Nobel winner Muller still shadowed by secret police
Herta Muller, winner of the Nobel Prize for Literature, has been at war with the Romanian secret police for 30 years
Herta Muller, a Romanian author who writes in German, was today awarded the Nobel Prize for Literature. Muller's story is a dramatic one: she fled the Ceausescu dictatorship in 1987, after being tracked, threatened and beaten by the Securitate, the Romanian version of the Stasi. And even now, Muller, 56, is at war with her country's secret police. In an extraordinary article this July, she claimed that former members of the service still stalk her when she returns to Bucharest from her home in Berlin.
Muller's books, which the Nobel committee praised for depicting "the landscape of the dispossessed" with "the concentration of poetry and the frankness of prose", are about dictatorship, oppression and exile, all of which she and her family have experienced during Romania's recent history.
Her mother was taken off to a Soviet labour camp after World War II, and, in the 1970s Muller herself lost the job she had with an engineering company, where she translated technical manuals for imported tractors, because of her refusal to co-operate with the Securitate.
After Nadirs, her first collection of short stories, was published in the early 1980s, the Securitate began to pay her even closer attention. The reasons that they gave for keeping a file on her were "tendentious distortions of realities in the country, particularly in the village environment" and her membership of a "circle of German-language poets". This file, which was kept under the invented codename of 'Cristina', would eventually expand to three volumes and 914 pages, much of it total fabrication.
Writing for the German newspaper Die Ziet this July, Muller recounted her persecution by the Romanian secret police during these years. One incident stands out - "I was on my way to the hairdresser's when a policeman escorted me through a narrow metal door into the basement of a hall of residence. Three men in plain clothes were sitting at a table. A small bony one was the boss. He demanded to see my identity card and said: 'Well, you whore, here we meet again.'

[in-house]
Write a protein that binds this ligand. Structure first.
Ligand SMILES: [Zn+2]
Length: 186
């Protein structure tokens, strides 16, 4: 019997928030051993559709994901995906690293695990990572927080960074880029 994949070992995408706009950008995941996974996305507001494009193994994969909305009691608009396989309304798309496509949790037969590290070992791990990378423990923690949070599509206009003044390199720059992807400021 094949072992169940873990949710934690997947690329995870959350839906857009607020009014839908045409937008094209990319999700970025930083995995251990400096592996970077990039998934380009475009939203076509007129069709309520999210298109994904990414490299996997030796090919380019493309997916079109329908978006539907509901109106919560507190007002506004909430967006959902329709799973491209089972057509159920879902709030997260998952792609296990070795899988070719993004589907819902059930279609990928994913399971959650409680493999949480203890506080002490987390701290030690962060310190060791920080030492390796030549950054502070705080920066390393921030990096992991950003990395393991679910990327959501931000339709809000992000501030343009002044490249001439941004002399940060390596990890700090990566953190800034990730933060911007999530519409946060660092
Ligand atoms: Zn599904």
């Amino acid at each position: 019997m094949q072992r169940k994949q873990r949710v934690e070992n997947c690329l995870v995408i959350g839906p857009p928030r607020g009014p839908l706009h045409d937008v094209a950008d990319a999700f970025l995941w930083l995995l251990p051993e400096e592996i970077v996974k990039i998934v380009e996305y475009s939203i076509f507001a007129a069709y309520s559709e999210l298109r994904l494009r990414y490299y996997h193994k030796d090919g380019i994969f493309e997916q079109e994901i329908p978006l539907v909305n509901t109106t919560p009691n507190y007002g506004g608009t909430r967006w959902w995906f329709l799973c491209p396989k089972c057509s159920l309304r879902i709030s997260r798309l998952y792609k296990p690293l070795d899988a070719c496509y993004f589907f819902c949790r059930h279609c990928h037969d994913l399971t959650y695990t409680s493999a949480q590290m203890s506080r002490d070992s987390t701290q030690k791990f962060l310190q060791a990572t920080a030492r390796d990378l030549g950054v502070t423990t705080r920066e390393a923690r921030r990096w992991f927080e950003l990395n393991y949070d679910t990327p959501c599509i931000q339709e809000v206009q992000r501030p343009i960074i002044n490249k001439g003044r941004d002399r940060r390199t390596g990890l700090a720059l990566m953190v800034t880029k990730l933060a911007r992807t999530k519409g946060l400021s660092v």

"I had never seen him before. He said I was having sex with eight Arab students in exchange for tights and cosmetics. I didn't know a single Arab student. When I told him this, he replied: 'If we want to, we'll find 20 Arabs as witnesses. You'll see, it'll make for a splendid trial.'
"Time and again he would throw my identity card on the floor, and I had to bend down and pick it up. Thirty or forty times maybe; when I got slower, he kicked me in the small of my back. And from behind the door at the end of the table I heard a woman's voice screaming. Torture or rape, just a tape recording, I hoped. Then I was forced to eat eight hard boiled eggs and green onions with salt."
In 1987, after eking out a living with jobs in a kindergarten and teaching German, she escaped to Germany with her husband, novelist Richard Wagner. There she gradually became a revered literary figure.
Her novels, only four of which are available in English, include The Land of Green Plums, about five Romanians living under Ceausescu, and The Appointment, about a woman working at a Romanian clothes factory who sews 'marry me' and other desperate messages of love into suits bound for Italy. Muller's latest, Everything I Possess I Carry With Me tells the tale of a teenage boy deported to a labour camp in the Ukraine.
Ceausescu, the self-styled 'Genius of the Carpathians', and his atrocious wife Elena, were executed by firing squad on Christmas Day 1989. Yet, for Muller, their legacy endures. She has written angrily about Romania's failure to properly examine and commemorate the atrocities of the Communist years, and accused her country of 'collective amnesia'.
She has protested publicly about how former members of the Securitate are still allowed to hold any public position outside of the diplomatic service, and estimates that the new Romanian security organisation, the SRI, contains more than 40 per cent, the official figure, of former Securitate operatives. Those who didn't join the SRI, she complains, "are retired and living on pensions that are three times higher than those of everybody else, or they are the new architects of the market economy."
Muller now lives in Berlin, and says that for her, "each journey to Romania is also a journey into another time". On a visit to Bucharest earlier this year, while staying at a hotel that she later found out was run by a former Securitate man, a security guard tried to wrestle the camera off a photographer she was with. Muller also protested that, the next day, she and a companion were followed while walking to a restaurant. ·
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